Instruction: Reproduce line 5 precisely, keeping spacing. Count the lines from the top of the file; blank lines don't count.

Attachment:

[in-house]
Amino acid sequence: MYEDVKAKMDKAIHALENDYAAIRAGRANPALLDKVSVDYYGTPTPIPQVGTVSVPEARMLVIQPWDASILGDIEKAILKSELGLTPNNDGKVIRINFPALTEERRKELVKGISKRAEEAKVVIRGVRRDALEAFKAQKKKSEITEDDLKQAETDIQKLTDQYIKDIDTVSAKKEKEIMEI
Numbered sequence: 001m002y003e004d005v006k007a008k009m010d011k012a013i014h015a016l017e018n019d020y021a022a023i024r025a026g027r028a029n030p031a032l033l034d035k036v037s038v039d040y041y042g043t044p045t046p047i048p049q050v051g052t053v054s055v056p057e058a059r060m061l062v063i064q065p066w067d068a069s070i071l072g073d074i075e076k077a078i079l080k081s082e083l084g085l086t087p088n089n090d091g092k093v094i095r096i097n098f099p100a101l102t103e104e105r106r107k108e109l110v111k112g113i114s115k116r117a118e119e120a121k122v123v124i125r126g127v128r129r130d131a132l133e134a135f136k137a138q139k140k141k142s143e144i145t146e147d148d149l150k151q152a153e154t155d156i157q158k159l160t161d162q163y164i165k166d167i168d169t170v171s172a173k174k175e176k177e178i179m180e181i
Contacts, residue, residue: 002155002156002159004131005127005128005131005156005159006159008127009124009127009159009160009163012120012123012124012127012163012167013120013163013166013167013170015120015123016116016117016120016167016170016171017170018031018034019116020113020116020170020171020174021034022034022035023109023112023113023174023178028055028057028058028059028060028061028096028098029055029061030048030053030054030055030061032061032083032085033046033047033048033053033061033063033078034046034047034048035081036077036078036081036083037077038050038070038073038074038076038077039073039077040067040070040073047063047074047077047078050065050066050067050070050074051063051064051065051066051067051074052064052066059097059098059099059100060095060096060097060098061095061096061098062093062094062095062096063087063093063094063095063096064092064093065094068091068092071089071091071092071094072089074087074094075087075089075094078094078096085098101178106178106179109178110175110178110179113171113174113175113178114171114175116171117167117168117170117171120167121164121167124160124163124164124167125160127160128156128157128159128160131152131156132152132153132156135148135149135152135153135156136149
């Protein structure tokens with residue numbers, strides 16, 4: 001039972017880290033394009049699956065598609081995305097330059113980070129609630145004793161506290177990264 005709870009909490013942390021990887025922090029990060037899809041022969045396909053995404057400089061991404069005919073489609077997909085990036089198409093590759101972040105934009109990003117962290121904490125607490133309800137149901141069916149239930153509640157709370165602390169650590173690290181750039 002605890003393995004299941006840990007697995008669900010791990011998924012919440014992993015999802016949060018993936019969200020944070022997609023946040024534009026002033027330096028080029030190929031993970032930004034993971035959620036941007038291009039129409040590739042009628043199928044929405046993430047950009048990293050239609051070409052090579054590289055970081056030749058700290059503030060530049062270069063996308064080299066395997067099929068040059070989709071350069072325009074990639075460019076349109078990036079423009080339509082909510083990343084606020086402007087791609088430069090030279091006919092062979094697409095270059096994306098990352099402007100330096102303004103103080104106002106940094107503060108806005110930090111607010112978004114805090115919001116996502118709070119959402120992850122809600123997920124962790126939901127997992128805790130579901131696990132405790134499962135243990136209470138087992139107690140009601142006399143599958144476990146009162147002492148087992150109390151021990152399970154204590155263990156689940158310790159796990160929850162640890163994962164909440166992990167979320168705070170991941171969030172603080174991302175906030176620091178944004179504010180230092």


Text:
């Protein structure tokens with residue numbers, strides 16, 4: 001039972017880290033394009049699956065598609081995305097330059113980070129609630145004793161506290177990264 005709870009909490013942390021990887025922090029990060037899809041022969045396909053995404057400089061991404069005919073489609077997909085990036089198409093590759101972040105934009109990003117962290121904490125607490133309800137149901141069916149239930153509640157709370165602390169650590173690290181750039 002605890003393995004299941006840990007697995008669900010791990011998924012919440014992993015999802016949060018993936019969200020944070022997609023946040024534009026002033027330096028080029030190929031993970032930004034993971035959620036941007038291009039129409040590739042009628043199928044929405046993430047950009048990293050239609051070409052090579054590289055970081056030749058700290059503030060530049062270069063996308064080299066395997067099929068040059070989709071350069072325009074990639075460019076349109078990036079423009080339509082909510083990343084606020086402007087791609088430069090030279091006919092062979094697409095270059096994306098990352099402007100330096102303004103103080104106002106940094107503060108806005110930090111607010112978004114805090115919001116996502118709070119959402120992850122809600123997920124962790126939901127997992128805790130579901131696990132405790134499962135243990136209470138087992139107690140009601142006399143599958144476990146009162147002492148087992150109390151021990152399970154204590155263990156689940158310790159796990160929850162640890163994962164909440166992990167979320168705070170991941171969030172603080174991302175906030176620091178944004179504010180230092």